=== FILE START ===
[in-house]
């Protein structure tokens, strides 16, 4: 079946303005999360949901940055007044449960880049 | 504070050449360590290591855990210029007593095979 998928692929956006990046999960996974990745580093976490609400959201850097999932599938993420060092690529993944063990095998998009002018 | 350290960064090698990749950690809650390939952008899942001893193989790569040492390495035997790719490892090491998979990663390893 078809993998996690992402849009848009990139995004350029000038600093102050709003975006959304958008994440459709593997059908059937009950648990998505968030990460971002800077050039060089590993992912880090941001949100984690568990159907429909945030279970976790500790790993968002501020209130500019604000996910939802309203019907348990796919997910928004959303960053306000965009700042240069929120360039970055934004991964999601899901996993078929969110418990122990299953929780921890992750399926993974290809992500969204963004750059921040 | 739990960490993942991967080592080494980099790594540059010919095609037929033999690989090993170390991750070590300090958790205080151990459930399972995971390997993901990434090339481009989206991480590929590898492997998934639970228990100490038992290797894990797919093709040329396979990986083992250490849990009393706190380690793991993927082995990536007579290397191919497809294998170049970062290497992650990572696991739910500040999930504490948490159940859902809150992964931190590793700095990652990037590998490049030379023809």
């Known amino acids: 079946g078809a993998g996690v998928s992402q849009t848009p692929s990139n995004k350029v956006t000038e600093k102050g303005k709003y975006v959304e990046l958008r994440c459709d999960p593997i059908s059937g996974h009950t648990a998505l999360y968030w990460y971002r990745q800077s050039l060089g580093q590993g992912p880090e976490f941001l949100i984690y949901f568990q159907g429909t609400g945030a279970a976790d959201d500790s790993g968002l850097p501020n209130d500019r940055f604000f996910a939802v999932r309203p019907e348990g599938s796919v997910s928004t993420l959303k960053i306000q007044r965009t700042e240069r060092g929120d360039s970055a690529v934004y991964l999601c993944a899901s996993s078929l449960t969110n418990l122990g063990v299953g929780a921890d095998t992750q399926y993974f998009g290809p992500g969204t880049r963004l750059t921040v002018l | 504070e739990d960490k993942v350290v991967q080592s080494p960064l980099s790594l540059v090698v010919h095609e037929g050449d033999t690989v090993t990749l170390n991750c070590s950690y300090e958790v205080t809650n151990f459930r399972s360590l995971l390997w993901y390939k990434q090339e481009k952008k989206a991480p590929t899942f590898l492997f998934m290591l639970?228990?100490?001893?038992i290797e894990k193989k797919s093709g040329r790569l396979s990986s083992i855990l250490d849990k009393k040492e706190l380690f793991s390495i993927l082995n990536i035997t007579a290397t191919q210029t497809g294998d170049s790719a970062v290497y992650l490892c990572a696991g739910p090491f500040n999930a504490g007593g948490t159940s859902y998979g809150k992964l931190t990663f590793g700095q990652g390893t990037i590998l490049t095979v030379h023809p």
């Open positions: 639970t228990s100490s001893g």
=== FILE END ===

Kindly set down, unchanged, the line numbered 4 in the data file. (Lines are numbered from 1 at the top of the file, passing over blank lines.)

């Open positions: 639970t228990s100490s001893g």